B
}, where *β* = 1 if \mathbf{C}\left(\mathbf{x}\right)={\mathcal{G}}_{2}^{T}, \mathbf{C}\left(\mathbf{s}\right)={\mathscr{H}}_{3}^{T} or \mathbf{C}\left(\mathbf{s}\right)={\mathscr{H}}_{4}^{T} when *β* = 2. The transmission rate is *K*/*N*, and the **C**(**s**) is sent over the MIMO channel **H** of site *N* × *B*.

At the *k*-th hop, the *N* × *N* receive block signal **Y** can be expressed as

where *d*_{
k
}represents the communication distance between the (*k* - 1)-th hop and the *k*-th hop, *α* denotes the path loss component, and the additive block noise **N** is complex Gaussian circularly distributed with independent components having variance *N*_{
o
}and zero mean. By generalizing the approach given in [11, 12], the OSTBC system can be shown to be equivalent to a SISO system with the following input output relationship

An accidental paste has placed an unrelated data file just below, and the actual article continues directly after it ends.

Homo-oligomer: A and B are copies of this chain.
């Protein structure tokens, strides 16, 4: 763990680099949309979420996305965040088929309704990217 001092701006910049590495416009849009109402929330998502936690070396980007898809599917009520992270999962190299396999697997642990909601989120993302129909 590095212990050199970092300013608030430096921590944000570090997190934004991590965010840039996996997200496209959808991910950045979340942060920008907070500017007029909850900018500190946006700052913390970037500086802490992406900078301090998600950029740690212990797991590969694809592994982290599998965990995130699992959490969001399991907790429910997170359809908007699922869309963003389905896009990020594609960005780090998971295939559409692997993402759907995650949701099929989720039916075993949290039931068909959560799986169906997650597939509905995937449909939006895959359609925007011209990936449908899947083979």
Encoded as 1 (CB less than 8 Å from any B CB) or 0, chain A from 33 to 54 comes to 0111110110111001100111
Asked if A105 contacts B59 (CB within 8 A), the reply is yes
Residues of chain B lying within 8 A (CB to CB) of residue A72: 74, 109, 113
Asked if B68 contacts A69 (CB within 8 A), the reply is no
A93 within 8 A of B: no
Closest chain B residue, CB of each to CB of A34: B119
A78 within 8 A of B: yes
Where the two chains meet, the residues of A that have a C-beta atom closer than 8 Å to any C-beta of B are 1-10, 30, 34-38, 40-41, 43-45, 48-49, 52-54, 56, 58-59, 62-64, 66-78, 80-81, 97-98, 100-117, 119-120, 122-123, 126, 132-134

where *i* ∈ {1, ..., *K*}, *φ* ≜ ∥**H**∥^{2}, and {v}_{i}~\mathcal{C}\mathcal{N}\left(0,{N}_{o}/\beta \right). It can be seen that the receive signal to noise ratio (SNR) *γ*_{
k
}*per symbol* for a particular realization of the fading is given by {\gamma}_{k}\triangleq \frac{{p}_{k}{\beta}_{\phi}}{{d}_{k}^{2\alpha}{N}_{o}}. At the *k*-th hop, for a given *γ*_{
k
}, the corresponding symbol error rate (SER) is determined by [18]

where {g}_{\mathsf{\text{psk}}}\triangleq {\text{sin}}^{2}\frac{\pi}{M}.

The expression in (3) only holds for a given *γ*, and with the use of the moment generating function (MGF), Next, the SER can be obtained by averaging (3) over the channel as follows [18]

The successful transmission rate (STR) *per symbol* is calculated as

The STR *per package* is determined by

where κ represents the length of one package and index *i* denotes the *i*-th symbol. Hence, the FER can be readily computed as